Coastal Samaritan Counseling Center was launched in 1980 when the Reverend Tom Brittain, Senior Pastor of The First United Methodist Church in Myrtle Beach, asked Dr. Kenneth Smith to offer pastoral counseling services at the church on a part-time basis. Initially known as the Grand Strand Pastoral Counseling Service, the center quickly developed as the demand for services increased and donations from the South Carolina National Bank, the Grand Strand Sertoma Club, the Ocean View Foundation, and the Chapin Foundation made it possible to equip the facilities and fund the services. In 1981, Dr. Smith was appointed full-time Director. In 1983, the Reverend Frances C. Brown joined the clinical staff and was later appointed Associate Director of the center. Over the next few years, several counselors were added to the staff. In 1994, Dr. William Felder was hired as Executive Director. Under his leadership, the center was awarded full accreditation by the Samaritan Institute (since renamed Solihten Institute) in 1996.
The Reverend Kathy T. Heustess joined the staff in 2003 to serve as Clinical Director and Pastoral Counselor. The first satellite office opened in Conway in 2004, followed by two additional offices in 2005. Following Dr. Felder’s retirement, the Board of Trustees promoted Rev. Heustess to Executive Director in 2006. The center continued to grow with the addition of both counselors and satellite offices.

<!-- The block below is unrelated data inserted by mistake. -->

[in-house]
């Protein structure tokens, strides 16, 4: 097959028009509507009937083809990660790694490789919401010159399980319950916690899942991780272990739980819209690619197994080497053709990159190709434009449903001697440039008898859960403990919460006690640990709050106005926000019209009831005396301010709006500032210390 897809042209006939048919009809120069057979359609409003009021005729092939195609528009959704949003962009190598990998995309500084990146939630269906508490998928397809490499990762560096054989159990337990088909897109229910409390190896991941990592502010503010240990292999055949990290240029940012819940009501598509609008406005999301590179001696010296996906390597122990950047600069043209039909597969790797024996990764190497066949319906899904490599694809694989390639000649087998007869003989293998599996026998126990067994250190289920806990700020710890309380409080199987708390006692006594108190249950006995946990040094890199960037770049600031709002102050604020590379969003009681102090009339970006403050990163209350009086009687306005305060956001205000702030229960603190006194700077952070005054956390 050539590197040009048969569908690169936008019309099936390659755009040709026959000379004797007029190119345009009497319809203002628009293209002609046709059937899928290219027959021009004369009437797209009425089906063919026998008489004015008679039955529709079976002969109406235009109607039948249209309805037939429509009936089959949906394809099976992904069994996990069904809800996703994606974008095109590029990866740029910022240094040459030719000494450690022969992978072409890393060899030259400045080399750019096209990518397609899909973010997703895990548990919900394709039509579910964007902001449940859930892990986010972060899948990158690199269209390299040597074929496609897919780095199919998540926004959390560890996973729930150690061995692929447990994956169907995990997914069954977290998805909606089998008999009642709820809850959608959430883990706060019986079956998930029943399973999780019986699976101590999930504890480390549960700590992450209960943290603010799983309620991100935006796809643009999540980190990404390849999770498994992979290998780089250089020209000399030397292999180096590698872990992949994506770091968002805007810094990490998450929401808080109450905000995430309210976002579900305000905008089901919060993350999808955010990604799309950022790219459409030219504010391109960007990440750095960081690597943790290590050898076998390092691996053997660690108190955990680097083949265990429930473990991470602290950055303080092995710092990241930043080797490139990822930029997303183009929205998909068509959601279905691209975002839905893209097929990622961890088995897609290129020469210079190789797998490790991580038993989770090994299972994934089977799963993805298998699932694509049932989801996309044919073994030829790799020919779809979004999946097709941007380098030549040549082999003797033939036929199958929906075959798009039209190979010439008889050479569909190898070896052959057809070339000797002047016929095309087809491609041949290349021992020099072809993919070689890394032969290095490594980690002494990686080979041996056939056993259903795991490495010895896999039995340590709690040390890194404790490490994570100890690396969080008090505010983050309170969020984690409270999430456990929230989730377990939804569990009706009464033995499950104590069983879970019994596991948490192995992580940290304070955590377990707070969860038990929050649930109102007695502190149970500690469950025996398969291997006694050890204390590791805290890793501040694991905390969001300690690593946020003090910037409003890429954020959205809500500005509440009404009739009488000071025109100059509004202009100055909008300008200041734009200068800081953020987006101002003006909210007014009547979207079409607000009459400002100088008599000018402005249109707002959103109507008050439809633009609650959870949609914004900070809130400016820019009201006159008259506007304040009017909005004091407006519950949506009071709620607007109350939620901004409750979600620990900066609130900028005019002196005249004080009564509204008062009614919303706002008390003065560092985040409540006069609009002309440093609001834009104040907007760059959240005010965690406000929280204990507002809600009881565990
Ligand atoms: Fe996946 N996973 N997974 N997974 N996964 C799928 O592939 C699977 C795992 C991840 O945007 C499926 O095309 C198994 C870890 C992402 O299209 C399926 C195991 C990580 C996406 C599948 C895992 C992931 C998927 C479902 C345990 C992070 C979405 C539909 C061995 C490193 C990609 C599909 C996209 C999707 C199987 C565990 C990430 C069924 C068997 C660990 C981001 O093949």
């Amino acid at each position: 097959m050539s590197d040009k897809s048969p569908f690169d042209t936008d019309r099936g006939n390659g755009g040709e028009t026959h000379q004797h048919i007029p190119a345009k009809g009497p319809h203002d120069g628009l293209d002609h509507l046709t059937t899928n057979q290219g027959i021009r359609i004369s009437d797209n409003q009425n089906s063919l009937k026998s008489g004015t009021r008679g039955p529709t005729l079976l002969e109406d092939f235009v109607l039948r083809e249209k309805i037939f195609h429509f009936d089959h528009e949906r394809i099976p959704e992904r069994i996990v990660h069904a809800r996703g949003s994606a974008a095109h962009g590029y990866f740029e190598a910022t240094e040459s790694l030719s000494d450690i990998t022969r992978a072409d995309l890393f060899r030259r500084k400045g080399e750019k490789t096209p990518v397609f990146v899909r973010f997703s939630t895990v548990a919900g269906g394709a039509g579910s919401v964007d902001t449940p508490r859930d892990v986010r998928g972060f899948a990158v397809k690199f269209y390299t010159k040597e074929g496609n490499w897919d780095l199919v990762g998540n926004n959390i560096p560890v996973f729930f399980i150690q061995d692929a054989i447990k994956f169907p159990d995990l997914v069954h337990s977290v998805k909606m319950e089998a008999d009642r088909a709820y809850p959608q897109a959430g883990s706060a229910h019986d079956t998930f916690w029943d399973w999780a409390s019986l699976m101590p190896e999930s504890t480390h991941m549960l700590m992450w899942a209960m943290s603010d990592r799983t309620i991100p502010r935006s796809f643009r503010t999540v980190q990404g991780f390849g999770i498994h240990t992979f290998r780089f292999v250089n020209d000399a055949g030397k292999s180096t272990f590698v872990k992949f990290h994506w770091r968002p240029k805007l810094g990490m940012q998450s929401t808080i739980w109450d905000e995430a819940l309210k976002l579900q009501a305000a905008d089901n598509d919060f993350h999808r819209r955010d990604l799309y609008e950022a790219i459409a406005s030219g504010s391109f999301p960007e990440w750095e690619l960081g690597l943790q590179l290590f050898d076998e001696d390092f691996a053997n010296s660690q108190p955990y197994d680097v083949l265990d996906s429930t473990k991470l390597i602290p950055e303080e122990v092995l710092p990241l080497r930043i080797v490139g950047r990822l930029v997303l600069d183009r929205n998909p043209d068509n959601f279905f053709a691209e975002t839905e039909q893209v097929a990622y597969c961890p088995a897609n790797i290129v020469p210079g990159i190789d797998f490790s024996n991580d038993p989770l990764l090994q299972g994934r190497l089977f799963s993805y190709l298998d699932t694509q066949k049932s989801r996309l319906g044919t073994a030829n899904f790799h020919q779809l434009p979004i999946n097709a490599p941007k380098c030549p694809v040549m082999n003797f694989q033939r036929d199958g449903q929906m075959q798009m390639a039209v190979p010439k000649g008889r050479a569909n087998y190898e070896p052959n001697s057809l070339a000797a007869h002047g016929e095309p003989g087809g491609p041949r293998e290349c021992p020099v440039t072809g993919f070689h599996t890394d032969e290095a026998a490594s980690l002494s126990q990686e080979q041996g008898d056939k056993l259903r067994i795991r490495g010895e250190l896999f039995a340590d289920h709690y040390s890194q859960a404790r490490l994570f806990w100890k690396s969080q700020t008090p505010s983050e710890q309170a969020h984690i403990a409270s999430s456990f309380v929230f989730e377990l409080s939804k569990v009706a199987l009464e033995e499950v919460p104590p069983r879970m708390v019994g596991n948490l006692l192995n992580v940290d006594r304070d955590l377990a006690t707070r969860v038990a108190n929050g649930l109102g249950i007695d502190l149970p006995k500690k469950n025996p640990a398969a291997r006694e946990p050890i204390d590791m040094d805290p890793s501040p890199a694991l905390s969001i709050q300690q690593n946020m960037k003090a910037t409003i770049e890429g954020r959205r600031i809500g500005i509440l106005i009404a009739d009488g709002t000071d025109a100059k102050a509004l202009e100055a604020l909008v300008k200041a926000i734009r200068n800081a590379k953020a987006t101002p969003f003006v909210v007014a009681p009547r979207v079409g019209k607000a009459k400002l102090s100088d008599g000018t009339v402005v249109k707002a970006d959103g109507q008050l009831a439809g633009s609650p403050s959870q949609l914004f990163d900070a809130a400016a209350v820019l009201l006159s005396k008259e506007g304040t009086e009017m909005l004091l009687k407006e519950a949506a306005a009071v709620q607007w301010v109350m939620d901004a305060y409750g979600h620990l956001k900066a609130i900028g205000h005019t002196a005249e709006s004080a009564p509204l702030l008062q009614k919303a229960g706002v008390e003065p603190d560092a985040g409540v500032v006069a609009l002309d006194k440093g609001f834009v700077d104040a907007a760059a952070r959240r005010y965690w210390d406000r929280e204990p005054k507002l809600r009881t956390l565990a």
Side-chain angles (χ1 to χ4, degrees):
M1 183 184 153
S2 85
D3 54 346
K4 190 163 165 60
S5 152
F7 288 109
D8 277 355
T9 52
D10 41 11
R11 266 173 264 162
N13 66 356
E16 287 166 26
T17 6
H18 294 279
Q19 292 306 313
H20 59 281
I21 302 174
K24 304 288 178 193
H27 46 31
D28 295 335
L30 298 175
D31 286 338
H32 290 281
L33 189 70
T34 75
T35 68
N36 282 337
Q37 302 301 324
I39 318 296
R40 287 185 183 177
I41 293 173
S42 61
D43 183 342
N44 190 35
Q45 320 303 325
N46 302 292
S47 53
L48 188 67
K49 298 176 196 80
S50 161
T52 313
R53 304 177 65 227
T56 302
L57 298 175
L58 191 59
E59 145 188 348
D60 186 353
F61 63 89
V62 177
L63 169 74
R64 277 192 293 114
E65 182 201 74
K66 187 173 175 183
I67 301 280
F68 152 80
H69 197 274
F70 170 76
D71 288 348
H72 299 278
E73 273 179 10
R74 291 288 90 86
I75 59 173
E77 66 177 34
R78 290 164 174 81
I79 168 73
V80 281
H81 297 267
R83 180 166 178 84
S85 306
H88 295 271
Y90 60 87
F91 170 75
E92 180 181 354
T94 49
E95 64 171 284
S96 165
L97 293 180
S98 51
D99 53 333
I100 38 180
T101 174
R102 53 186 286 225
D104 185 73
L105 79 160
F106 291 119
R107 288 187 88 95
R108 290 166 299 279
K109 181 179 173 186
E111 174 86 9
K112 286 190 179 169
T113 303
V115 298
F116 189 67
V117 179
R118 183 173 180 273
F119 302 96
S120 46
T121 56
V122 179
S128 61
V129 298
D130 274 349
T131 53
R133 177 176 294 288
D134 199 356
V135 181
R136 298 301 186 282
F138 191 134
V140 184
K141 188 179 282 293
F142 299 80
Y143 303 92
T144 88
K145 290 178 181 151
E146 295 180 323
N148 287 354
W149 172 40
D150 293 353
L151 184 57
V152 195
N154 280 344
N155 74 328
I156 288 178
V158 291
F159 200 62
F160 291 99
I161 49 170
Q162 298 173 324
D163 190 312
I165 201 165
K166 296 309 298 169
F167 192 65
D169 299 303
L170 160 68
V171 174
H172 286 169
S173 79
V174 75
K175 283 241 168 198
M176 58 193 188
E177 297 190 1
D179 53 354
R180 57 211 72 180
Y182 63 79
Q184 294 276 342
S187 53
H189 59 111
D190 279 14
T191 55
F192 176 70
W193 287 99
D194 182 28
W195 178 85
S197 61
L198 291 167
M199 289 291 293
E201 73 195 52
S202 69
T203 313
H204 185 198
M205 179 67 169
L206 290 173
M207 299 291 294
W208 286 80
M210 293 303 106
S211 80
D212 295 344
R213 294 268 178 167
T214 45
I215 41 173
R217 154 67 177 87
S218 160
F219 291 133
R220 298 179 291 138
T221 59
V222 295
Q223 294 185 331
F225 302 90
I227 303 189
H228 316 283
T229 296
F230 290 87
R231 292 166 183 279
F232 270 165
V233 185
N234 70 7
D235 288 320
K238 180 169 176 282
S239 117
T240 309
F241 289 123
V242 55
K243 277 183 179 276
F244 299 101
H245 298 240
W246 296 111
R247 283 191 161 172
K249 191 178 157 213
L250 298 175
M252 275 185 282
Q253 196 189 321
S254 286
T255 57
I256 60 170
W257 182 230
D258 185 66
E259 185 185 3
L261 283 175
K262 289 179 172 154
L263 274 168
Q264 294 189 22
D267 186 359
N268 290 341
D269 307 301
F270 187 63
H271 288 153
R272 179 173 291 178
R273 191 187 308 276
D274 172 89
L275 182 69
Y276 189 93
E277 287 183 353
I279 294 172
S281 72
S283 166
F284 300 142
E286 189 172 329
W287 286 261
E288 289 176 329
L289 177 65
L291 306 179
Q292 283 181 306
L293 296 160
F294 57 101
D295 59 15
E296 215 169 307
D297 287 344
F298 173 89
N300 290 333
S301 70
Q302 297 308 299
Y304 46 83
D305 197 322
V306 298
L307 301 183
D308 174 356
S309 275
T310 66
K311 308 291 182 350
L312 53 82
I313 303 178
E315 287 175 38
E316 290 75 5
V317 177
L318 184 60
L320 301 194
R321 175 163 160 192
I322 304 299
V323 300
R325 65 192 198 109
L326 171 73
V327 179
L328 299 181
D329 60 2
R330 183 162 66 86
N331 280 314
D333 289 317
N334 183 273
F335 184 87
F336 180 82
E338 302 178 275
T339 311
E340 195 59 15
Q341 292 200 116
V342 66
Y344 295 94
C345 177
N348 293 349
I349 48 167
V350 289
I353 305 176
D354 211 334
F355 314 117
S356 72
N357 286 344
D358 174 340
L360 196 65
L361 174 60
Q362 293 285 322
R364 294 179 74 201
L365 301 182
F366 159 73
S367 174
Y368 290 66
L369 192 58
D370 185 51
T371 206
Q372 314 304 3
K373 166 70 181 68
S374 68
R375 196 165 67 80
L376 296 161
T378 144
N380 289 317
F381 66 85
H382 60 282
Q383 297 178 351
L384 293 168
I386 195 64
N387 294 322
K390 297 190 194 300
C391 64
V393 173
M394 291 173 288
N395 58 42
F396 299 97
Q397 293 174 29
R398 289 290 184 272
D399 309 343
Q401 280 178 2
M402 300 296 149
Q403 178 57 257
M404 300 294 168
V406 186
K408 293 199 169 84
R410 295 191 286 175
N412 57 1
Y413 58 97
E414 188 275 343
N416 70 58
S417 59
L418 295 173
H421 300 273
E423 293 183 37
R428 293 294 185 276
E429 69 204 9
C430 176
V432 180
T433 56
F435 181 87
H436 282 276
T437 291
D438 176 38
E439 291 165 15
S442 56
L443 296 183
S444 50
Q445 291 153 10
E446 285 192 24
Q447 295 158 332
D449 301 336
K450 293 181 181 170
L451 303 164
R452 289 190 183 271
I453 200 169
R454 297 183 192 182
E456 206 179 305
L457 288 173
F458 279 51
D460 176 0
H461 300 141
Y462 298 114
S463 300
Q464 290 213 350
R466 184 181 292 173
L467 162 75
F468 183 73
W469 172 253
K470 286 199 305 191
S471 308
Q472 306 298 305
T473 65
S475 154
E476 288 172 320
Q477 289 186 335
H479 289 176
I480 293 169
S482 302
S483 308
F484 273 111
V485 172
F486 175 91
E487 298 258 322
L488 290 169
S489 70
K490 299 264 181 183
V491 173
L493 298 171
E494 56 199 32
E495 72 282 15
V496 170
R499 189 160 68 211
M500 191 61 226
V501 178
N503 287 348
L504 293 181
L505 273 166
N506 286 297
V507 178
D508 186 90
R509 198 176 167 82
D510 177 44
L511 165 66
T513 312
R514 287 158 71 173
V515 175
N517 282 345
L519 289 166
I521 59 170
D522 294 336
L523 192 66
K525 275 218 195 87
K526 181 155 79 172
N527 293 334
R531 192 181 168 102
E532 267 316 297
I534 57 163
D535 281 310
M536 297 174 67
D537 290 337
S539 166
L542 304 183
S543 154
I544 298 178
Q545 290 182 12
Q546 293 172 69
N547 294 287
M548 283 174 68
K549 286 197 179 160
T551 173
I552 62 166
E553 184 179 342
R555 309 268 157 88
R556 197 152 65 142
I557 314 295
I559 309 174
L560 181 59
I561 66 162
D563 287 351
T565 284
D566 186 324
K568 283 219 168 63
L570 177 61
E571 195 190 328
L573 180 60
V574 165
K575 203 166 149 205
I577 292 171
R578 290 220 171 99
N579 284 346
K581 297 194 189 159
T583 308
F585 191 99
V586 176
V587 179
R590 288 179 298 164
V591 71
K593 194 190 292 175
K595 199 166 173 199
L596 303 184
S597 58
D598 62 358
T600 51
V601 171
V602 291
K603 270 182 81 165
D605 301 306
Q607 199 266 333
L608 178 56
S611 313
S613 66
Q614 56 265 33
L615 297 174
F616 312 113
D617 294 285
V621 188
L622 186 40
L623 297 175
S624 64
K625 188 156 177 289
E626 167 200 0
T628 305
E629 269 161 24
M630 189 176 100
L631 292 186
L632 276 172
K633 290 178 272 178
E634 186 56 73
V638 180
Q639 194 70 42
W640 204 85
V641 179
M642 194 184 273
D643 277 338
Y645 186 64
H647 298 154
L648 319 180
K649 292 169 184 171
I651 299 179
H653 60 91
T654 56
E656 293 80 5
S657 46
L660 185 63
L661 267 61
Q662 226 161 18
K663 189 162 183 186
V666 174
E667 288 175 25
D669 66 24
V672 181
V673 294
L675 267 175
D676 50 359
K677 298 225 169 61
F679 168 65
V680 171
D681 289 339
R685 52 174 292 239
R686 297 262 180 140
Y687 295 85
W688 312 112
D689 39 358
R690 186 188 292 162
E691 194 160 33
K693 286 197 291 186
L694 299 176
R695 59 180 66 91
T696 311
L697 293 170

Philip Keilen joined the staff as Development Director in 2017 and was appointed Executive Director in 2018. With primary responsibilities in business development and community involvement, the center adopted a new leadership model. Jane Osment was promoted to Clinical Director in 2018, having served on staff since 2010.
Funded primarily by client fees—supplemented by contributions from individuals, churches, businesses, foundations, and the United Way—the Coastal Samaritan Counseling Center has established itself as a full-service counseling center that is staffed by professionally trained, licensed, and certified clinicians who also supervise professional counselors and social workers in pursuit of licensure. Still, the center has remained true to its roots as a non-profit, community-based pastoral counseling center dedicated to a philosophical and theological conviction that addressing the complex crises and holistic health needs of those in the community requires the knowledge and skills of the modern sciences coupled with the spiritual resources and wisdom of the faith communities.